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Quick Review

Fuji FinePix A340 Digital Camera

Camera QuickLook
Review Date
12/22/2004
User Level
Novice
Product Uses
Family, entry-level camera
Digicam Design
Point and Shoot
Picture Quality
Good, 4.0-megapixel CCD
Print Sizes
11x14 or 8x10s with some cropping
Availability
Now
Suggested Retail Price
(at time of introduction)
$199

 

Introduction

Fuji FinePix A340 Review Links
Overview
Picky
Details
Design
Operation
Recommended Accessories
Sample Pictures
Specifications
Conclusion
Known for great color and performance, Fuji has also carved out a niche for itself by consistently providing good-quality consumer digicams at rock-bottom prices. The latest in their line of bargain-priced cameras is the Fuji FinePix A340, a 4-megapixel digital camera. The Fuji A340 carries on the value-leading tradition of Fuji digital cameras by offering a 4.0-megapixel CCD and 3x optical zoom lens at a low price, and including a longer maximum exposure time of two seconds and four preset scene modes. As you'd expect, the Fuji FinePix A340 trades off a few features and capabilities to achieve its remarkably low cost, but the camera still takes good-looking pictures in daylight conditions, and is simple enough for even rank beginners to get started with.

 

Camera Overview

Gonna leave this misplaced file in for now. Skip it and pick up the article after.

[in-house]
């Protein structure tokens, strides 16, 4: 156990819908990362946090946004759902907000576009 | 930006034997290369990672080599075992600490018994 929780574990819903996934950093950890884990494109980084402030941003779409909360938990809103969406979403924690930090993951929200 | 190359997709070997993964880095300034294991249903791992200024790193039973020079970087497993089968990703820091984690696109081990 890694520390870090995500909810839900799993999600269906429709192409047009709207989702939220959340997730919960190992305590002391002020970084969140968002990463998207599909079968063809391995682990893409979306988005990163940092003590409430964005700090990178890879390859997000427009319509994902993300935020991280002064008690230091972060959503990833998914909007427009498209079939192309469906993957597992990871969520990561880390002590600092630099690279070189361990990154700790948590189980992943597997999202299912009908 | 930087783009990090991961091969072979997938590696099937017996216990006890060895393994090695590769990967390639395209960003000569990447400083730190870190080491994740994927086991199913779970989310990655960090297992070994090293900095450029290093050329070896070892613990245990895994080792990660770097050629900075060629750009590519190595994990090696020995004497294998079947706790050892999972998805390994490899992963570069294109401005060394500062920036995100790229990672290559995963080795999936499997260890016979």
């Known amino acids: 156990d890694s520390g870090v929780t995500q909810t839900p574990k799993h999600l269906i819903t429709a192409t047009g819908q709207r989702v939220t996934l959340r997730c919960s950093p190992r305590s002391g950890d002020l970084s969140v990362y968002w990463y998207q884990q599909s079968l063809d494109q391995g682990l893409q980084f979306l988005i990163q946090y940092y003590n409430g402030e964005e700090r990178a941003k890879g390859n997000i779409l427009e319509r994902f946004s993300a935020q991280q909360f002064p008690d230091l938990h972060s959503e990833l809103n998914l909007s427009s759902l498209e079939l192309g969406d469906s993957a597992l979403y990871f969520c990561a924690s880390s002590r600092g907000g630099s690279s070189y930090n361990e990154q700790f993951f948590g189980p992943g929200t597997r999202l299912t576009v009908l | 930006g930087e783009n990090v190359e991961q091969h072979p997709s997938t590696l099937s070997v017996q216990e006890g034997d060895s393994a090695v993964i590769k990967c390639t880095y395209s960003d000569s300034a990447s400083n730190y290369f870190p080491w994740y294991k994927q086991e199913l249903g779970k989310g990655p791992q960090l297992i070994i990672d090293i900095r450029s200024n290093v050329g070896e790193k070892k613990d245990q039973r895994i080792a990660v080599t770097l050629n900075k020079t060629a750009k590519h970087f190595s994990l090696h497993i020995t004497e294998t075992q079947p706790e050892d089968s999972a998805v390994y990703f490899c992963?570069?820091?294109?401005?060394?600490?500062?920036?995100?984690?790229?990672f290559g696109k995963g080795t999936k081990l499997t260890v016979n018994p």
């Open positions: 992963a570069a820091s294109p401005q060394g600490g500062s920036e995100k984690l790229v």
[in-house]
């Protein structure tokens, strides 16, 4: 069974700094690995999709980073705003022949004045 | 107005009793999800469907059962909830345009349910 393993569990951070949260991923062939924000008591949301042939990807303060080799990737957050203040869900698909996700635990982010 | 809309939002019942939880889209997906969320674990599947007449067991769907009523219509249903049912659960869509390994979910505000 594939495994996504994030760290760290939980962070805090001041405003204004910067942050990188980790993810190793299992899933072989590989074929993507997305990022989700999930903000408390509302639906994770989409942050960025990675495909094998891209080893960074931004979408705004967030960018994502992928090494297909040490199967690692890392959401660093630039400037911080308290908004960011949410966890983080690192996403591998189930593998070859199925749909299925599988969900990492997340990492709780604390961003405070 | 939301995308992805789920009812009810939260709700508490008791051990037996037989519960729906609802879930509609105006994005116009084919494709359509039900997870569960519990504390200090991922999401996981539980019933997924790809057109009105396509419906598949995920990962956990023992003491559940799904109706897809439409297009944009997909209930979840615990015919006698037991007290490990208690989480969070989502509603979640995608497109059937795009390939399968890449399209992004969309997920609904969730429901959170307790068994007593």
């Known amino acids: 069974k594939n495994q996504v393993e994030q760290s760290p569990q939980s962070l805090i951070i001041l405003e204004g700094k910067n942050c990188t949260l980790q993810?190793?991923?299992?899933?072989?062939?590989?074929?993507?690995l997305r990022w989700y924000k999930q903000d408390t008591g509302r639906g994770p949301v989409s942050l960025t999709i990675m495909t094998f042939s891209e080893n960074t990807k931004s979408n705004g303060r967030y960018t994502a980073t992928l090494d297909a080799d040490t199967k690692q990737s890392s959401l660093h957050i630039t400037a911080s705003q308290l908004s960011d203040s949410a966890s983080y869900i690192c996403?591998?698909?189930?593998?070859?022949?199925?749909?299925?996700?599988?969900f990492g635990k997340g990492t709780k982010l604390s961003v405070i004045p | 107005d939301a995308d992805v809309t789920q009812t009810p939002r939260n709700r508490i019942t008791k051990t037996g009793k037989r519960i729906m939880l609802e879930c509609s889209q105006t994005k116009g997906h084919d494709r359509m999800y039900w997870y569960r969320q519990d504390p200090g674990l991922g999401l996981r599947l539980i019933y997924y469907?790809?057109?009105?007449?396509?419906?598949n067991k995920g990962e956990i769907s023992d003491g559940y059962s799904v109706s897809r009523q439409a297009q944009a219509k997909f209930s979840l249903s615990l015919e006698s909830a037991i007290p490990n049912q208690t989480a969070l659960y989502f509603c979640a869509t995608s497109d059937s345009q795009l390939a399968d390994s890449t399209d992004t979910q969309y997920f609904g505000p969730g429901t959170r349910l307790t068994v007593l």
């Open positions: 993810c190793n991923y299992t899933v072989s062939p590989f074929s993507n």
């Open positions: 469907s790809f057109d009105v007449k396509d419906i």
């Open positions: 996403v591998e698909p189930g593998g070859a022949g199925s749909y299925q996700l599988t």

Updating the popular point-and-shoot options of Fuji's FinePix line of digicams, the FinePix A340 is an affordable entry-level digicam that offers good quality and value. Small, compact, and very lightweight, the A340 offers a larger, 4.0-megapixel CCD than its predecessors, along with a Fujinon 3x optical zoom lens. Exposure control remains automatic, with the convenience of point-and-shoot control. However, the Fuji A340 does offer four preset scene shooting modes, for capturing good images in common, yet tricky, shooting conditions. The A340's CCD captures high enough resolution for printing images with nice detail as large as 11x14 inches, or as large as 8x10 inches with some cropping. Lower-resolution settings are available for email attachments. The Fuji A340 sports a 3x optical zoom lens that increases the camera's flexibility. The camera's dimensions are just a little too large for most shirt pockets at 4.09 x 2.42 x 1.23 inches (104 x 62 x 31 millimeters), although you could feasibly stow the camera in a larger coat pocket or an average-sized purse. Despite its size, the all-plastic body is extremely lightweight at just 6.9 ounces (198 grams), including batteries and memory card. A sliding, built-in lens cover keeps the Fuji A340's front panel nearly flat when closed, allowing the camera to easily slip into a pocket or purse without snagging.